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    Do Industry-Specialist Auditors Influence Stock Price Crash...
    research summary posted May 31, 2016 by Jennifer M Mueller-Phillips, tagged 11.0 Audit Quality and Quality Control, 11.05 Training and General Experience, 11.07 Attempts to Measure Audit Quality 
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    Title:
    Do Industry-Specialist Auditors Influence Stock Price Crash Risk?
    Practical Implications:

    This study shows that industry specialists reduce a specific type of risk, stock price crash risk, which has become increasingly important following the Enron scandal and the recent financial market crisis. It also shows that the effects of opacity and conservatism on crash risk are moderated by auditor quality, furthering the emerging literature on the determinants of crash risk. 

    Citation:

    Robin, J. Ashok and Hao Zhang. 2015. Do industry-specialist auditors influence stock price crash risk? Auditing: A Journal of Practice and Theory 34 (3): 47-79.

    Keywords:
    Auditor quality, industry specialization, crash risk
    Purpose of the Study:

    In the past, a great deal of research has been done examining the idea that high-quality auditors benefit reporting quality in a variety of ways.  Other research has been done to focus on direct economic consequences for investors.  Some of this research has found that high-quality auditors can reduce the cost of debt, lower equity costs, diminish IPO underpricing, and even influence loan syndicate structure.  One issue that has not been examined, however, is whether high-quality auditors can reduce the crash risk for equity investors.  This paper focuses on this question.  Because crash risk is primarily caused by bad news hoarding, the authors believe that high-quality auditors can function as information mediators and reduce the crash risk in the following ways:

     

    • High-quality auditors are more likely to uncover bad news and suppress the mangers’ bad-news hoarding activities due to their greater capability
    • High-quality auditors have stronger incentives to disclose bad news in a timely manner and suppress managers’ bad-news hoarding activities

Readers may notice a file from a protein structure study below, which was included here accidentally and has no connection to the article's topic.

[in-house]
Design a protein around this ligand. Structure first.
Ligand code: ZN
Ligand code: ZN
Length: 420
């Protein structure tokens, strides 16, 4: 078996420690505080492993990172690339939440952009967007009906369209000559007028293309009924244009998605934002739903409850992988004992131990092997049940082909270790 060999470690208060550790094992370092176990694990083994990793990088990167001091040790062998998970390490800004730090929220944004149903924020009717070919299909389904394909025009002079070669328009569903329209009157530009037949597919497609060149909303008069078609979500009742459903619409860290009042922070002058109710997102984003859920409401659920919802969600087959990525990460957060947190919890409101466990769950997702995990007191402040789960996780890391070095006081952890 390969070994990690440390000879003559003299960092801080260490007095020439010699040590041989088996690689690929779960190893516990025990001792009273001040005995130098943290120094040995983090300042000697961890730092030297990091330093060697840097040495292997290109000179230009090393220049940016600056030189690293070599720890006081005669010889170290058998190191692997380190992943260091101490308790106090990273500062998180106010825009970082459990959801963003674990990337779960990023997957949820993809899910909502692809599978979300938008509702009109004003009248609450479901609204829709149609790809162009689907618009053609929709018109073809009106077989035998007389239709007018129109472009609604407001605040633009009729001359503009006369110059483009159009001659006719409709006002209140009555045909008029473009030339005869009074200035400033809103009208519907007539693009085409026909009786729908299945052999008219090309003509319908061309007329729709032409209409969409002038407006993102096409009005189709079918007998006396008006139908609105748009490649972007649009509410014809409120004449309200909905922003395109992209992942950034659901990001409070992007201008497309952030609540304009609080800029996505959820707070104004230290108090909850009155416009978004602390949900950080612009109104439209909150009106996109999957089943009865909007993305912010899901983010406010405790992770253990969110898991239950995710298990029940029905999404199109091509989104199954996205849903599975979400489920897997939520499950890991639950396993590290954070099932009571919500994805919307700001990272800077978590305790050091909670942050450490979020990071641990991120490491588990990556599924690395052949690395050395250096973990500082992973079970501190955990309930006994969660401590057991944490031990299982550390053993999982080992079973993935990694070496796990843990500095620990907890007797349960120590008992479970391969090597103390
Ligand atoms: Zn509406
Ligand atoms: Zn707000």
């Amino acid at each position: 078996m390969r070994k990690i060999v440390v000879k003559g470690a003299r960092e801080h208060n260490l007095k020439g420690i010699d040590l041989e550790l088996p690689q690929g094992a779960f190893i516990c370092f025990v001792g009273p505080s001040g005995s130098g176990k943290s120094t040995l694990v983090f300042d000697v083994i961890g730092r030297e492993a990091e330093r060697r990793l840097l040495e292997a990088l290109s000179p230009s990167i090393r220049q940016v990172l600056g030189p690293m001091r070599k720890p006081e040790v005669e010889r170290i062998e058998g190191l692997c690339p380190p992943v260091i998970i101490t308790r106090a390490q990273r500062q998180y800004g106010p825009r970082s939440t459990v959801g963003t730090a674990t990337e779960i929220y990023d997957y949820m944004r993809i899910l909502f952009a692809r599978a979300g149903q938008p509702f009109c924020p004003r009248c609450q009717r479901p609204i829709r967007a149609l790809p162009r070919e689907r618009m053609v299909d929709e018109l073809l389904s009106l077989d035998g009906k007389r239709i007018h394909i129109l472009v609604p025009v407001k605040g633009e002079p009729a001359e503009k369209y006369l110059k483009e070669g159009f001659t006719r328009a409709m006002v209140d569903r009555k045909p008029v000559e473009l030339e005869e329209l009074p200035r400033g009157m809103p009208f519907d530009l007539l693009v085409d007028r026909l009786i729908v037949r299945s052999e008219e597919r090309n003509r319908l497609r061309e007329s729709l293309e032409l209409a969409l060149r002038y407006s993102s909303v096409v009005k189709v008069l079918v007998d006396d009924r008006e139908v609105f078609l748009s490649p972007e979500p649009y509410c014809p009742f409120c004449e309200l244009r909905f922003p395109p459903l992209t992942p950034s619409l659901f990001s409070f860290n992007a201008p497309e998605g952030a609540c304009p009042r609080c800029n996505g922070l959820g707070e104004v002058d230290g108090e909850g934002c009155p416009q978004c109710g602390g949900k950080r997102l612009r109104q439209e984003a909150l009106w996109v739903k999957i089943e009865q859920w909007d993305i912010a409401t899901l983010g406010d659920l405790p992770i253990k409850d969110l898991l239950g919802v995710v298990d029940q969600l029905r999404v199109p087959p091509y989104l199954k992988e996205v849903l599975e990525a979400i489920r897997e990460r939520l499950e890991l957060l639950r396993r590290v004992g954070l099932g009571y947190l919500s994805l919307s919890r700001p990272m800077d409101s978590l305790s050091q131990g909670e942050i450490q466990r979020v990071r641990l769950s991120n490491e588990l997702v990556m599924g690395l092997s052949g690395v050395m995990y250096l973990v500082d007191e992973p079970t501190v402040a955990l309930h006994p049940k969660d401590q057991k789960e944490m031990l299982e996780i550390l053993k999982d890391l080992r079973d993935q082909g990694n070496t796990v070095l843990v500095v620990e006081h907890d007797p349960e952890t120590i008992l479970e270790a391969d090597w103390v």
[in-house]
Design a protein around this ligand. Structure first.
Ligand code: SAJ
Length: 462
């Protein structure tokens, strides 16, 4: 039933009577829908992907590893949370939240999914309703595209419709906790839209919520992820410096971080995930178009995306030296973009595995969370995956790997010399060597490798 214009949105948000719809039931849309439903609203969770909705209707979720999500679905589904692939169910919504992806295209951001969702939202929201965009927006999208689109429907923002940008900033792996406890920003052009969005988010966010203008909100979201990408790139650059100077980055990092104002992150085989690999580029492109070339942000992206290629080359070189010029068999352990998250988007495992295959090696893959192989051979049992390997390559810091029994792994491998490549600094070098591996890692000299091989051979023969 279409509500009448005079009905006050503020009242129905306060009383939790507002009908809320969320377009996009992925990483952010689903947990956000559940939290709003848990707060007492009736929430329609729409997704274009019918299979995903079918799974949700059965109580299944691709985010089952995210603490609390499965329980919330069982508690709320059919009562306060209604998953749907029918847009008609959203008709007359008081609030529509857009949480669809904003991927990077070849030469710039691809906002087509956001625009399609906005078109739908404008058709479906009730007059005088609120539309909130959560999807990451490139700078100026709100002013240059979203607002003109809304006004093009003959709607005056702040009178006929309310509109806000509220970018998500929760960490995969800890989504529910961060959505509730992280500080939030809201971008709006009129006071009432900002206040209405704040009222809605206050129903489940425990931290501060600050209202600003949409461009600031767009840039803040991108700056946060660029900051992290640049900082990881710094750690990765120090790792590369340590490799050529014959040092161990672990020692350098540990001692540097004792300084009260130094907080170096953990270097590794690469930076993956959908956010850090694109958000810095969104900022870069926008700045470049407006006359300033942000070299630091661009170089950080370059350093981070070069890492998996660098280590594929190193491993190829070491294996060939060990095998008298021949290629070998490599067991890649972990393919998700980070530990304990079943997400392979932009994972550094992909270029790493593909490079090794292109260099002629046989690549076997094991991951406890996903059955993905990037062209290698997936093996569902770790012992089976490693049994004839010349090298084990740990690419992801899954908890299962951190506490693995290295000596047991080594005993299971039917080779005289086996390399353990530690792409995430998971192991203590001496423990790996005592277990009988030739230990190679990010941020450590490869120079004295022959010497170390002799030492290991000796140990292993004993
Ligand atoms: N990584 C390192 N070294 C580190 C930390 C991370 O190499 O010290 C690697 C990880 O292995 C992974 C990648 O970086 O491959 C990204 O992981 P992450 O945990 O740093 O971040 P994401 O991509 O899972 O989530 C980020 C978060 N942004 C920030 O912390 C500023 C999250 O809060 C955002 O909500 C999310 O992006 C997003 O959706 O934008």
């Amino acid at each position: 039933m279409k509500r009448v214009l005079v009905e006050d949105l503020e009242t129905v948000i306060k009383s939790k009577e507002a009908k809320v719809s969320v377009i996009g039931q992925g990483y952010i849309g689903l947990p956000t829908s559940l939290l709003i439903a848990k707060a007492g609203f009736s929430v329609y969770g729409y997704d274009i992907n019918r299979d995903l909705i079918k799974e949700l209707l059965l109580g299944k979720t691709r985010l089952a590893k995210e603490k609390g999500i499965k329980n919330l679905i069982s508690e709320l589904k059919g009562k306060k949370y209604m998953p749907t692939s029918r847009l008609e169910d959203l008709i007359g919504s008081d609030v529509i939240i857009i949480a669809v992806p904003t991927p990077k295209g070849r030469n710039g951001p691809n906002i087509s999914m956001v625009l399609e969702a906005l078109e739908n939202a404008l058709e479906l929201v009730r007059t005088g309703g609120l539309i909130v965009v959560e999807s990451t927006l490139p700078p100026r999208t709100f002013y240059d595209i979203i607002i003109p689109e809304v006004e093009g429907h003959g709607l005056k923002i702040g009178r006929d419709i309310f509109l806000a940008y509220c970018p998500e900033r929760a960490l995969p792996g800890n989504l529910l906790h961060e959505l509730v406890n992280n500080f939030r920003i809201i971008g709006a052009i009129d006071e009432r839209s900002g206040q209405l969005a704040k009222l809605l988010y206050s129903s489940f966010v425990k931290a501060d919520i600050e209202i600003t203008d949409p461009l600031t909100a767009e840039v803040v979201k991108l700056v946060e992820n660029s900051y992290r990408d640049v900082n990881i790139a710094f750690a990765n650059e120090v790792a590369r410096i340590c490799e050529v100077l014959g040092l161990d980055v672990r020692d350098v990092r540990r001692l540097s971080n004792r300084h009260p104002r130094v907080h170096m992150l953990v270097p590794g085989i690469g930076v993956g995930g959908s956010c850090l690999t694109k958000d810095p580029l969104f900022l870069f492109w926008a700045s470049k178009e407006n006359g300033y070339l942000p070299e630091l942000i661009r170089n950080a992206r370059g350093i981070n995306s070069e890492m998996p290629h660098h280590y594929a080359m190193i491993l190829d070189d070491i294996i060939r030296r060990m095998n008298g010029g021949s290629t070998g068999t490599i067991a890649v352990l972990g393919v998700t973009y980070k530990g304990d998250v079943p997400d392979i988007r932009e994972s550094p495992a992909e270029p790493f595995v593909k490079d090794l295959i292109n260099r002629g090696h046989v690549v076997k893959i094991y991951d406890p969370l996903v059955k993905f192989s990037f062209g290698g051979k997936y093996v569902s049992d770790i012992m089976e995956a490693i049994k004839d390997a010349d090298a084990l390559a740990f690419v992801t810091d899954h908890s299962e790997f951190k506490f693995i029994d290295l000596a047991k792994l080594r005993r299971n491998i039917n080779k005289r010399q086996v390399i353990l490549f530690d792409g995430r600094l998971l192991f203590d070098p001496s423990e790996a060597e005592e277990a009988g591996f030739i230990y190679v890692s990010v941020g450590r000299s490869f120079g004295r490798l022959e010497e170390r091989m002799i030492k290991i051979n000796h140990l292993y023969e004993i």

In addition to mediating some of the bad news, the authors also believe that high-quality auditors also reduce crash risk by decreasing agency costs, decreasing malfeasance by managers, improving operating decisions, and decreasing expropriation.  This study could prove very valuable to investors, as crash risk is an important consideration in portfolio management. 

    Design/Method/ Approach:

    The research evidence is collected from a twenty-year sample period ranging from 1990-2009.  The authors obtained stock return data from the Center for Research in Security Prices (CRSP) database.  Accounting data and auditor characteristics were obtained from the Standard and Poor’s Compustat database. After making exclusions based on a number of criteria, the final sample amounted to 58,365 firm-year observations. Regression models were run on these observations to arrive at the author’s findings. 

    Findings:
    • The authors find that across all six models tested, to a statistically significant degree, stock price crash risk is lower for firms audited by industry-specialist auditors.
    • Results also indicated that crash risk is higher in firms with higher standard deviation and mean of stock returns, younger age, higher ROA, greater intangible assets, greater share turnover, and lagged negative skewness.
    • Concentrated institutional ownership can induce effective monitoring and lead to lower further crash risk.
    • Conservatism is negatively and significantly related to crash risk.
    • Auditor specialization provides benefits beyond reporting benefits.
    Category:
    Audit Quality & Quality Control
    Sub-category:
    Attempts to Measure Audit Quality